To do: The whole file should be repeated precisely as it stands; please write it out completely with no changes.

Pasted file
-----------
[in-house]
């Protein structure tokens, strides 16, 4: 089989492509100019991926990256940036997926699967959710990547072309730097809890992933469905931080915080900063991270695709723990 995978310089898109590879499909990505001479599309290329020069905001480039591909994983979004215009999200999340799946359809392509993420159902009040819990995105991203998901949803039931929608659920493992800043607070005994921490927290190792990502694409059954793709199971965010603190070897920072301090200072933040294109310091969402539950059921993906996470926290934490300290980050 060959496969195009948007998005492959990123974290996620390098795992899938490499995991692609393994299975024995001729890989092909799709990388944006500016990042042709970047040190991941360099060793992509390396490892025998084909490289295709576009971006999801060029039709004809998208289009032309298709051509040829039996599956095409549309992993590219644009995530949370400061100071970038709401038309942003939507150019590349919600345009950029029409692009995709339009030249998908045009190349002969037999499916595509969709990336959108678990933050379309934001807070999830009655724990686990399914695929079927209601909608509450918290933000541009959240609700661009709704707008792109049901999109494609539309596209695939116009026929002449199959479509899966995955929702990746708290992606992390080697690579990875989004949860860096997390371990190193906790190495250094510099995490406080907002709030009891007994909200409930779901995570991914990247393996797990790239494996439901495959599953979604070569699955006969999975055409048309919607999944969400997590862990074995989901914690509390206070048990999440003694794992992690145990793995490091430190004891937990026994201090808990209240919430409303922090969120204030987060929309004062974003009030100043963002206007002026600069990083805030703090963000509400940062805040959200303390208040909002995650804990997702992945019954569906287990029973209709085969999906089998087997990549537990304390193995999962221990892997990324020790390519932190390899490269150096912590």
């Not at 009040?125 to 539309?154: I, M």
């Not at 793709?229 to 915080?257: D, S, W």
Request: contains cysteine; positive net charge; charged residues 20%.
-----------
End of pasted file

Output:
[in-house]
């Protein structure tokens, strides 16, 4: 089989492509100019991926990256940036997926699967959710990547072309730097809890992933469905931080915080900063991270695709723990 995978310089898109590879499909990505001479599309290329020069905001480039591909994983979004215009999200999340799946359809392509993420159902009040819990995105991203998901949803039931929608659920493992800043607070005994921490927290190792990502694409059954793709199971965010603190070897920072301090200072933040294109310091969402539950059921993906996470926290934490300290980050 060959496969195009948007998005492959990123974290996620390098795992899938490499995991692609393994299975024995001729890989092909799709990388944006500016990042042709970047040190991941360099060793992509390396490892025998084909490289295709576009971006999801060029039709004809998208289009032309298709051509040829039996599956095409549309992993590219644009995530949370400061100071970038709401038309942003939507150019590349919600345009950029029409692009995709339009030249998908045009190349002969037999499916595509969709990336959108678990933050379309934001807070999830009655724990686990399914695929079927209601909608509450918290933000541009959240609700661009709704707008792109049901999109494609539309596209695939116009026929002449199959479509899966995955929702990746708290992606992390080697690579990875989004949860860096997390371990190193906790190495250094510099995490406080907002709030009891007994909200409930779901995570991914990247393996797990790239494996439901495959599953979604070569699955006969999975055409048309919607999944969400997590862990074995989901914690509390206070048990999440003694794992992690145990793995490091430190004891937990026994201090808990209240919430409303922090969120204030987060929309004062974003009030100043963002206007002026600069990083805030703090963000509400940062805040959200303390208040909002995650804990997702992945019954569906287990029973209709085969999906089998087997990549537990304390193995999962221990892997990324020790390519932190390899490269150096912590």
């Not at 009040?125 to 539309?154: I, M």
């Not at 793709?229 to 915080?257: D, S, W």
Request: contains cysteine; positive net charge; charged residues 20%.